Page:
50 growing less and less toward the axis of the mir
ror, until it disappears at the vertical diameter.
Considering ray it, however, the distance be
tween h and f on mirror C has materially in
creased over that of the position of C’, so that it
is apparent that the portion of the image lying at
the side of axis 0 contacted by h, will be deformed
laterally due to‘the ‘increase in length of this
distance, and with the deformation greatest at
ray h and decreasing toward axis c, disappearing
60 at such axis. Hence, while the image on the cor
responding side of screen E will be normal or
but slightly deformed, the image at the oppo
site side of said axis of screen E will carry the
deformation characteristic, so that the two sides
65 of the screen image‘laterally of the screen axis
are not normal, and this effect is augmented by
the fact that the screen E, itself a plane, ex
tends angularly to and not parallel with mirror
C, so that the lateral distance of re?ected ray h
70 on the screen will be a greater distance from
the screen axis'than is re?ected ray 2'.
One other condition is present in this connec
tion due to the shift of the mirror. As will be
noted, the length of the projected ray 1' has been
75 shortened relative to the length of ray ,7‘ by this
gressively in decreasing direction from h’ to i’,
with the greatest intensity at the right and, there
fore, placing the left marginal zone of the ?lm
covered by lens a as presenting the brightest
portion of the image on screen E, when lens (1
alone is active.
But as above pointed out, ray h—h’ is also
found as presenting the outer ray of the half of
the mirror image zone which presents the greater
deformation characteristic, the deformation being
of increasing type. Hence, ray h-h’ represents
not only the brightest ray from lens a but it also
represents the ray of greatest deformation loca
tion on the screen, while ray i~i' represents the
maximum deformation of the opposite half of
the image, this being. slightly in the decreasing 40
direction, and therefore approximately normal;
but this ray is also the ray of least intensity.
Hence, with lens (1 active alone, the image on the
screen E will present the left half as approxi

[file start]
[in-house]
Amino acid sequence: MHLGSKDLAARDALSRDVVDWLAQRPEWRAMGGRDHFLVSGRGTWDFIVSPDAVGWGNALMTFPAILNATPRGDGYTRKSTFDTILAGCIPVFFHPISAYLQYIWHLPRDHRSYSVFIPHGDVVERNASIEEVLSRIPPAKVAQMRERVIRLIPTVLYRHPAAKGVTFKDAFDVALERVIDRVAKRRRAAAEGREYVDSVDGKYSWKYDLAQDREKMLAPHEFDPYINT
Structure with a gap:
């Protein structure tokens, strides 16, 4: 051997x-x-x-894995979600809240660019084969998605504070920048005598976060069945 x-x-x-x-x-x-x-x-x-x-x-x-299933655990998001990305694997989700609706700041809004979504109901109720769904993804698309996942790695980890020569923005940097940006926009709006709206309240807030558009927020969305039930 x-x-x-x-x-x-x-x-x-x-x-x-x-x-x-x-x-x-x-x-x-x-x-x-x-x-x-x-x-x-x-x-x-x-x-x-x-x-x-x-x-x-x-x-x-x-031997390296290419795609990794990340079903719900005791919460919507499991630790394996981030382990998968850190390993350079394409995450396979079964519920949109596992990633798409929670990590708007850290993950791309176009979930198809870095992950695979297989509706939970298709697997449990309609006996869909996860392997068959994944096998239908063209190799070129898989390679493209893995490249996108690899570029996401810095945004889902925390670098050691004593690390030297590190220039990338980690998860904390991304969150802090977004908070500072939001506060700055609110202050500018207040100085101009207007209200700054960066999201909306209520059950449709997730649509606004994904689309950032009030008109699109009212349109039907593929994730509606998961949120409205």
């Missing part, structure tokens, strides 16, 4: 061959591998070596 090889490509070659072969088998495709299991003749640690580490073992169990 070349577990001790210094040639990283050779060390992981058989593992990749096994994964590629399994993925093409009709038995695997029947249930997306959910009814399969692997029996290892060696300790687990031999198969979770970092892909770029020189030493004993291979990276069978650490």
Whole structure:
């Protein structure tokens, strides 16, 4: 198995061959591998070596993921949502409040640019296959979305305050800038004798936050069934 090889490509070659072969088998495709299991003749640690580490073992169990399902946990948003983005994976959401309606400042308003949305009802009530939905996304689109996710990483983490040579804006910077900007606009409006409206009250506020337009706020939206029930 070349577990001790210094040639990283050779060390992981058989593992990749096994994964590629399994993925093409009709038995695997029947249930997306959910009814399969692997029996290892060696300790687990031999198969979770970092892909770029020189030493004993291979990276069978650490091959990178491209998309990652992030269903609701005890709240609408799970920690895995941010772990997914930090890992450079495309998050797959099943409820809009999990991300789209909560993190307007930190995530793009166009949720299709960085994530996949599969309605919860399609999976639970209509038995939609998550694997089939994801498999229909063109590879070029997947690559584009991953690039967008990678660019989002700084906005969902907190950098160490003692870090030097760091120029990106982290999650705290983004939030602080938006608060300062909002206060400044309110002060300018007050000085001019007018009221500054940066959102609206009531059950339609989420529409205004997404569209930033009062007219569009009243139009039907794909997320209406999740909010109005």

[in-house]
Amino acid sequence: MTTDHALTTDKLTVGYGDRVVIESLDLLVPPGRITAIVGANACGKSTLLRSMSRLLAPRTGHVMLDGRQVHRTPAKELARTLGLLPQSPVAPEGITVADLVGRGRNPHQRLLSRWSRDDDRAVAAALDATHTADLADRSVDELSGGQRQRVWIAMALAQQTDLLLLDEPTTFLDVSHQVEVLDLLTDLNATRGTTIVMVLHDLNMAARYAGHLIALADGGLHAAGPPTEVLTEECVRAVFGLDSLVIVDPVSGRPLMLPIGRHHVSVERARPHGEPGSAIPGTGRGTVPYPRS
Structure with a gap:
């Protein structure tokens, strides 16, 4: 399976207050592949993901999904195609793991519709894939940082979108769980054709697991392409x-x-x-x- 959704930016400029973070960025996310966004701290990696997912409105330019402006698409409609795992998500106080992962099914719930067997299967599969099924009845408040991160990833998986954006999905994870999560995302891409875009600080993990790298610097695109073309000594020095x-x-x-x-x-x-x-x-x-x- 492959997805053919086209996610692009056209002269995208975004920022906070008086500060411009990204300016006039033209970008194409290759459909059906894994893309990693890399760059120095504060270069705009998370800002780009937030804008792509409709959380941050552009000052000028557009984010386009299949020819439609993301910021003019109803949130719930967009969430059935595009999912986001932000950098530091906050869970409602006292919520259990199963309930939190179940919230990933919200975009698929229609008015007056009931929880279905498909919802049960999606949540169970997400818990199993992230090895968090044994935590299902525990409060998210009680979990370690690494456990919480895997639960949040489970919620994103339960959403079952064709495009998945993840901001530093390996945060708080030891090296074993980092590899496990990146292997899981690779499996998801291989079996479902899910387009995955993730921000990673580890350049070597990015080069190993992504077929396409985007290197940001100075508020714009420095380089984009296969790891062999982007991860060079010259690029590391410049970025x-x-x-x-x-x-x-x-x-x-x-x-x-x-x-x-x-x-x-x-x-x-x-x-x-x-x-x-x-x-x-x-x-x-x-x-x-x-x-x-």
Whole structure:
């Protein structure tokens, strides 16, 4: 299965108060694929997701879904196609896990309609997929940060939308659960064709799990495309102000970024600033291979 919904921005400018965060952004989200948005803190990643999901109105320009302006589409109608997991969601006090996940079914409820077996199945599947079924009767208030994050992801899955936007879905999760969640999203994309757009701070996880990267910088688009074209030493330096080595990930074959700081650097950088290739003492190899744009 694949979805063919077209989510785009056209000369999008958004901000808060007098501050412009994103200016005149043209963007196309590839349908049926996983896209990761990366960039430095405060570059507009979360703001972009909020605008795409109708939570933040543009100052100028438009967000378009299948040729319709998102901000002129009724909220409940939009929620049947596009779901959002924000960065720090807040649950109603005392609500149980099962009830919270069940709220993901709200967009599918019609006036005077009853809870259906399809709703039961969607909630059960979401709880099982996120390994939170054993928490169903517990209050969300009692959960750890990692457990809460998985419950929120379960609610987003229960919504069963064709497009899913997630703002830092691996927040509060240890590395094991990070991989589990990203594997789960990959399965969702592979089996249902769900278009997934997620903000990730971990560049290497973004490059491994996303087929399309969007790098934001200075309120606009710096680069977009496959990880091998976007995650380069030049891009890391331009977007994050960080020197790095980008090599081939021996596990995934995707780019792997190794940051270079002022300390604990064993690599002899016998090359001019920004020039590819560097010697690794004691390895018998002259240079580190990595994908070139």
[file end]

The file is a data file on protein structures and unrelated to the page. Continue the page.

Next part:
mately normal-lat'erally—~while the right half ‘
will have the deformation status referred to. And
since the ray intensity is greatest at the right
and decreases toward the left, it can be under
stood that the deformed half is of
While the deformation is of increasing type '
from the axis toward the margin, the progres
sion is not at a uniform rate but is at an increase
ing rate away from the mirror axis.
quently, in the central vertical zone the deforma~ _.
tion is slight, but it is sufficient in the composite
picture to produce the third dimension effect
within this zone.
And since the latter zone gen
erally is the focusing point used in taking the
scene by the twin camera, the deformation action
required to set up the third dimension effect in
this zone is and must be extremely slight.
y‘ and k represent projected rays from lens b
corresponding respectively to rays h and i of
lens a, y" and is’ representing the respective re
?ected rays. Since the apparatus is symmetrically
arranged about a longitudinal axis of the appa
ratus, it can be understood that the ray length
conditions are similar to those described above,
with ray 1-7" of shortest combined length, and 70
similar to the length of ray h-h'. However,
since the mirrors extend in reverse angularity
with respect to the longitudinal axis, itwill be
readily understood that when lens b alone isv
active, the image on screen E will present the 75
left half as of the deformed characteristic with
the right half of the approximately normal por
trayal, as to deformation, while the ray intensity
'will be greatest at the left of the screen image,
provide the proper shadow e?’ects which show
the facial characteristics, etc. Obviously, on the
exact vertical axis registration is complete. In
addition, the fact that while the light intensity -
presents the right marginal ray, these two rays
of the views individually varies from one margin
to the other in a decreasing progression, the
fact that the progression is opposite in the two
views, has the effect of giving the foreground an
appearance of equal light intensity throughout
the lateral width of the picture, the shadows be 10
ing blended in such manner as to give the ap
being the rays of greatest deformed position of
pearance that is found in the best of stereoscope
the respective ?lms. With both of these rays also
presenting the shortest ray length, these rays will
15 also present the greatest light intensity char
acteristic. On the other hand, rays i—i' and
k-k’, being the marginal rays of the approxi
mate normal half, and being spaced a lesser dis
be found on the horizontal diameter of the mir
rors. Since the swinging of the mirror on its
decreasing progressively toward the right, being
least at the right margin.
Hence, when both lenses become active, the
conditions set up are such that the composite
image on the screen E will present ray 1-4" as
10 presenting the left marginal ray, while hay hr-h'
tance from the screen axis than rays h-Jz’ and
20 1-7”, will lie inside of the latter rays on the
screen, thus setting up the conditions of non
registration of the rays from the same zone of
the scene, with the greatest variation at the re
spective margins. And since rays i-i’ and 10-10’
25 are of least intensity, it can be understood that
in the screen portrayal the greater intensity of
rays h--h’ and 9'--7" will dominate rays t-i'
and 70-h’, the contrast in intensity between the
sets of rays being greatest at the margins, the
30 contrast decreasing in the direction of the ver»
tical axis and disappearing on such axis.